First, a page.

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New Cold War - New Cold War [EP] (Cover Artwork)

New Cold War

New Cold War: New Cold War [EP]New Cold War [EP] (2014)
Self Released

Reviewer Rating: 3.5


Contributed by: Rich27Rich27
(others by this writer | submit your own)

New Cold War is a Las Vegas group made of members and ex-members of the likes of Surrounded By Thieves, The People's Whiskey and The Quitters, and on this release also includes a guest appearance from a member of Guilty By Association. Whether this validates the use of the word 'supergroup' I'm not.
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New Cold War is a Las Vegas group made of members and ex-members of the likes of Surrounded By Thieves, The People's Whiskey and The Quitters, and on this release also includes a guest appearance from a member of Guilty By Association. Whether this validates the use of the word 'supergroup' I'm not sure but I'm sure in some circles New Cold War might be viewed as such.

New Cold War was initially an outlet for Andy Harrison following his departure from Surrounded By Thieves and there is clearly some similarities between both bands in that musically it's a quick-paced, melodic punk sound that is favoured. If there's a minor difference it's probably down to New Cold War easing off the pedal a tiny bit in terms of speed and being slightly more melodic/less aggressive -- the band that frequently comes to mind when listening to this is Strike Anywhere.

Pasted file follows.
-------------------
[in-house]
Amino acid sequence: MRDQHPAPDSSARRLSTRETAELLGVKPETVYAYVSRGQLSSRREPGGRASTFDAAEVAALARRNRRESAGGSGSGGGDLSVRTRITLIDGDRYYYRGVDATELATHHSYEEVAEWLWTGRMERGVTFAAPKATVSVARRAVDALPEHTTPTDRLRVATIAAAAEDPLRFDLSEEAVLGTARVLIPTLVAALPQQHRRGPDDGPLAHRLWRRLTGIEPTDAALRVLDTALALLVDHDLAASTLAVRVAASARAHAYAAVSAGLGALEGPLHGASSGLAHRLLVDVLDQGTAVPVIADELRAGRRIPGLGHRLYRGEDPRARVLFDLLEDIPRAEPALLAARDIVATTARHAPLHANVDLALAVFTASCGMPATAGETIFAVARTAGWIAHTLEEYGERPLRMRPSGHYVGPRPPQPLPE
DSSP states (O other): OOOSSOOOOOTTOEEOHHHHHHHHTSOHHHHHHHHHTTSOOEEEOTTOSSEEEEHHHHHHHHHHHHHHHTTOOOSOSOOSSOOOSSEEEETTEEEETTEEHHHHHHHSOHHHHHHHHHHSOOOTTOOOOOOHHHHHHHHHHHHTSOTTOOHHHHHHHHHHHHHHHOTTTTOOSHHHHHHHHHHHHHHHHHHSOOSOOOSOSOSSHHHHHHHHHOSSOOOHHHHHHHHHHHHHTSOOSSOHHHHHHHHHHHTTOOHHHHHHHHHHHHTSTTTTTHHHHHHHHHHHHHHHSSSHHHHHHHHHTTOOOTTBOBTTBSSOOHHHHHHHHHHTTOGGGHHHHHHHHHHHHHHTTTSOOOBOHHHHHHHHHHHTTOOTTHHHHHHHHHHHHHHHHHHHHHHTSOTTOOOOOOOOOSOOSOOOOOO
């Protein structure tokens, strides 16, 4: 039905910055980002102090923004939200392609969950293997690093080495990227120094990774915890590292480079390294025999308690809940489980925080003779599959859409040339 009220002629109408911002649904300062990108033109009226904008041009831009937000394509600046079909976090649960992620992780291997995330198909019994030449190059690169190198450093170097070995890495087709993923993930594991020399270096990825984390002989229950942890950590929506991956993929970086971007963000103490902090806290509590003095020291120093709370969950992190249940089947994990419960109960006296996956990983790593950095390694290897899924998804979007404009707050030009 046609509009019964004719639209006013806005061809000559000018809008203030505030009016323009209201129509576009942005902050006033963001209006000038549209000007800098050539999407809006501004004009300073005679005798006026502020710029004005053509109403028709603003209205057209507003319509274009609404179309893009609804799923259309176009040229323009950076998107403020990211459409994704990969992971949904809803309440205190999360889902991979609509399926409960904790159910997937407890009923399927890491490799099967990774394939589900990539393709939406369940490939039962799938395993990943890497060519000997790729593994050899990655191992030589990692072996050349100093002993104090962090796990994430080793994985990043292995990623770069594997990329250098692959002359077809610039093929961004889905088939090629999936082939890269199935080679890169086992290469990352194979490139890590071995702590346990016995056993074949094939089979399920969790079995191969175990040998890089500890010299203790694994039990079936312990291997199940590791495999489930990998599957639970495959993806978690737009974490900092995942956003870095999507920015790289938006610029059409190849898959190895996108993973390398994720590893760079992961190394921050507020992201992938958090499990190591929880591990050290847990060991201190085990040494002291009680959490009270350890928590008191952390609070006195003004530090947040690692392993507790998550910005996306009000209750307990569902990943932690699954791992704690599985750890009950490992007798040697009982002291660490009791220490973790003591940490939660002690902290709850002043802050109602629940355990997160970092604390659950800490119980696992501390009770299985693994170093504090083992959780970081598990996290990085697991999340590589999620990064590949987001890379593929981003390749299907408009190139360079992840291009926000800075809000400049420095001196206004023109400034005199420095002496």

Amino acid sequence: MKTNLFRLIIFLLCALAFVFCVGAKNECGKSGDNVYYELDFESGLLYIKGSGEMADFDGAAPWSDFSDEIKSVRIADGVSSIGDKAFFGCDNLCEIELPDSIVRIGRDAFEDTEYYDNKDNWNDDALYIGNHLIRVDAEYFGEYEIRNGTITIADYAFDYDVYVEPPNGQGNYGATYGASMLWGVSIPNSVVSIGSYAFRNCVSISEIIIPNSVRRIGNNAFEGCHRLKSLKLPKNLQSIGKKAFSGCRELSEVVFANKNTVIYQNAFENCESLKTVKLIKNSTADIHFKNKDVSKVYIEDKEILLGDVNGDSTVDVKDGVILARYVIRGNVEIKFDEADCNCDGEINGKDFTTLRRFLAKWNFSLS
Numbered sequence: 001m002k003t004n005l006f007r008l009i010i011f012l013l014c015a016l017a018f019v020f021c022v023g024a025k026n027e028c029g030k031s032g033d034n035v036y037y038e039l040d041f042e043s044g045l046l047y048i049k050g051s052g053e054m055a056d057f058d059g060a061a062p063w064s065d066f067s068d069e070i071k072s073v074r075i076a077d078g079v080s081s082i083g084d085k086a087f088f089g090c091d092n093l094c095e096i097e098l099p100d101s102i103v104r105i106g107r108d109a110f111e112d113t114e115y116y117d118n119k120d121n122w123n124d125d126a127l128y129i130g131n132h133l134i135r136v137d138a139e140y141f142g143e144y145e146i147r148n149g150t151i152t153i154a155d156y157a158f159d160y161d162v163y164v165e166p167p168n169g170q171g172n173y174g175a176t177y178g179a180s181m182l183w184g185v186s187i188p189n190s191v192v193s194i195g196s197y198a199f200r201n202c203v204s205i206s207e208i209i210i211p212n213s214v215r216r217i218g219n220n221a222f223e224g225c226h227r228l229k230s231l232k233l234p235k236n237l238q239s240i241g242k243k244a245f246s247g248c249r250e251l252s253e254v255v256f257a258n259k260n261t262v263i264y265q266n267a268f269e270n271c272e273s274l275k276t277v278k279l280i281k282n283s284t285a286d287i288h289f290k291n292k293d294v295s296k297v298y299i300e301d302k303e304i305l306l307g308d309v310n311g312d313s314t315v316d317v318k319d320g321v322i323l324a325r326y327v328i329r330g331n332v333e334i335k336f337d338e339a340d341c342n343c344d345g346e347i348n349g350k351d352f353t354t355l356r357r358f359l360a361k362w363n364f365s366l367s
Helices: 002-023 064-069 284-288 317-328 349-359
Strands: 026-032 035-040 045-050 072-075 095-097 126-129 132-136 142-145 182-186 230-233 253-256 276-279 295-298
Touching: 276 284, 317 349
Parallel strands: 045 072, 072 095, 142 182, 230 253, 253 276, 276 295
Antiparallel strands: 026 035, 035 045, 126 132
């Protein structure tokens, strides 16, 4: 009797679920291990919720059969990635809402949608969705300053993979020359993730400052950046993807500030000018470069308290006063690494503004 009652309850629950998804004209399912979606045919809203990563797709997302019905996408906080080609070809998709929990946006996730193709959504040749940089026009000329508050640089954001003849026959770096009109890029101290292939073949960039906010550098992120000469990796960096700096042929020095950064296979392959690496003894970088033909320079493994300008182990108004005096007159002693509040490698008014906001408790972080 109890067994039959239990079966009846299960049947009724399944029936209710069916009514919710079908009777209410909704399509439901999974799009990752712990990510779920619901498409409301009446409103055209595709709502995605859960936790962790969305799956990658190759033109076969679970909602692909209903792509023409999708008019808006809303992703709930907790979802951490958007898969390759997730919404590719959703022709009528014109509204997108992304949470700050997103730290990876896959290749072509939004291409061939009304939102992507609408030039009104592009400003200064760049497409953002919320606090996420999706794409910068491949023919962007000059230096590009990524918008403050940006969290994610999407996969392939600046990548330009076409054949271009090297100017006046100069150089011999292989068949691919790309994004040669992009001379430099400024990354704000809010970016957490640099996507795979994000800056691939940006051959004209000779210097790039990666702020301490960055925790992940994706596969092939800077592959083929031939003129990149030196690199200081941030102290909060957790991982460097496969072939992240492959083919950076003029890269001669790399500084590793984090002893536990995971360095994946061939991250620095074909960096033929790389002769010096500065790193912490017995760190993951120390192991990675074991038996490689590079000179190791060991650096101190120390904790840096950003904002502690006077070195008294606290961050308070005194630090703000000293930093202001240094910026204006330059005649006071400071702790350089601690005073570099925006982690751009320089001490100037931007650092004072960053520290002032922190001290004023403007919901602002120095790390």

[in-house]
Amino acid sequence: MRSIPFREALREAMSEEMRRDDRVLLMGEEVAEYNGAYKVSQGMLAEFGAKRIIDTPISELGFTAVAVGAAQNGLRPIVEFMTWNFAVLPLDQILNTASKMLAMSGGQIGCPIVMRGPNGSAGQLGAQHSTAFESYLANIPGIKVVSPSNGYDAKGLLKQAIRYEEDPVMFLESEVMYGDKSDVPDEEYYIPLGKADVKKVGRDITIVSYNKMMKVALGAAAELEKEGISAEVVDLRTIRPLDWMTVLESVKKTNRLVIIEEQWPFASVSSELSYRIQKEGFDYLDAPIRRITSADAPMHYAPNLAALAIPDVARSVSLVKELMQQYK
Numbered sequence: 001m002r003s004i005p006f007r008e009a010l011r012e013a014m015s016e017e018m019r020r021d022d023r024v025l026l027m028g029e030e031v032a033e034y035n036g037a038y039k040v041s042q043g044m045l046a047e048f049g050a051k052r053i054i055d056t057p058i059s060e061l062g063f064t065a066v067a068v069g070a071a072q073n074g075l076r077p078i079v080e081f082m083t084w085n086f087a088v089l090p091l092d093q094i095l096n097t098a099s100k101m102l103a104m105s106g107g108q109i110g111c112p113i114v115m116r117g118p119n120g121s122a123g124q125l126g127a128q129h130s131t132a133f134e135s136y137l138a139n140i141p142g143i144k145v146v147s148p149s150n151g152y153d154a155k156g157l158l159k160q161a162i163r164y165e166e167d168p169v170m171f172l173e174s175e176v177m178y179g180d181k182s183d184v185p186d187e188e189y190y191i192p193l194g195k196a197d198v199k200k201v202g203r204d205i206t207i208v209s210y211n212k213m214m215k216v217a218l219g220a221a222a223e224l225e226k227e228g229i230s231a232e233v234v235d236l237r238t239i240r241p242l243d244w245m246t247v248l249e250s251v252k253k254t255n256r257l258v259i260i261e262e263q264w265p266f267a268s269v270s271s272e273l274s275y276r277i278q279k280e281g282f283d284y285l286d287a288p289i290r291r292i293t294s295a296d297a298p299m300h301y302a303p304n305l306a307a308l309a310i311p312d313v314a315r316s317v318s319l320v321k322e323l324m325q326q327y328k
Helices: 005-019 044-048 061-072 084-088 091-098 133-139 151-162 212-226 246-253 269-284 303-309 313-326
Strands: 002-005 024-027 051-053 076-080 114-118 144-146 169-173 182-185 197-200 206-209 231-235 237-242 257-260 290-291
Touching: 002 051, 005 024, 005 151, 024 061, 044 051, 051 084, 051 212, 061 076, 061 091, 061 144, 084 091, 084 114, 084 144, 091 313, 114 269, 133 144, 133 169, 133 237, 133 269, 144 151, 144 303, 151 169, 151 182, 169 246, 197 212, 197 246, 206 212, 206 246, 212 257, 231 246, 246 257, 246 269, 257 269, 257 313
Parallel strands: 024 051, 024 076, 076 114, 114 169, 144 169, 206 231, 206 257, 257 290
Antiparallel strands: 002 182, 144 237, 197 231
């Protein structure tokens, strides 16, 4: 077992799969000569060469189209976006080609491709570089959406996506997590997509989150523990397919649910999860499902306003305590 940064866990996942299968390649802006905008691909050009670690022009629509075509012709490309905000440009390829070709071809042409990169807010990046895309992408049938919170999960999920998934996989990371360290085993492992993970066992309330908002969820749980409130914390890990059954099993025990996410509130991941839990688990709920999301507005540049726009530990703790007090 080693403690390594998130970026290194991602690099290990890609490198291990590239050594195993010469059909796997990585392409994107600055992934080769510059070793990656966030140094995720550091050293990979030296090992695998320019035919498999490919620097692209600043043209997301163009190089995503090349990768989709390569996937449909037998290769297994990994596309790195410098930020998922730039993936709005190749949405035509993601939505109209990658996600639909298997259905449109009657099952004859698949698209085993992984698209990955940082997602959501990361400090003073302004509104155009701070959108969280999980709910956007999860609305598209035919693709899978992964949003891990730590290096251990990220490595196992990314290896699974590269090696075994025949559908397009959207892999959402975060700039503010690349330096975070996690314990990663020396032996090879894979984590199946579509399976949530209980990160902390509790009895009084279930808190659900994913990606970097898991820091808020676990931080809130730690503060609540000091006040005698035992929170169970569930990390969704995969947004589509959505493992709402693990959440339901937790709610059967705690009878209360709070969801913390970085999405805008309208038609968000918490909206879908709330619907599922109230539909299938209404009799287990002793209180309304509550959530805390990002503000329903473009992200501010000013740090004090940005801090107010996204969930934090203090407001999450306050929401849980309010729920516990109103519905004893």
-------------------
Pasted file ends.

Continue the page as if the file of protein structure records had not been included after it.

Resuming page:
The first four tracks are all pretty good and have quite a 'pumped up' feel about them, as a flurry of guitars, bass and drums are responsible for ensuring some heartfelt melodic punk rock comes to the fore. "Who We Are" does a sterling job of opening the EP and it acknowledges the many places and people that have helped those in New Cold War to get where they are today -- somewhat better than a mention in the liner notes! "Progeria" keeps the pace going along nicely and leads into my favourite track "Growing Down" which features slightly snottier vocals than the preceding efforts. "After This" adds a darker flavour to the EP before leading into the fifth and final track "Corporate Dick". This is where the wheels come off to a degree as the pedestrian-paced hoedown doesn't quite do it for me. I'm totally on board in terms of the sentiment of the song, which is not so much anti-capitalism but more a case of being used and abused to feel crap about oneself. However, the song itself lacks the punch to make an impact and only when the electric guitar kicks in part way through is there any real interest from me. It's a shame for the EP to end this way given what comes before it although I expect it will go down in history as one of few aberrations made by New Cold War.

Originally the intention was for New Cold War to be a studio project but in recent weeks the band has been playing a few shows in Las Vegas, so it could be that those of you who are stateside will get the chance to see them in the flesh as they're pretty good.


 

 
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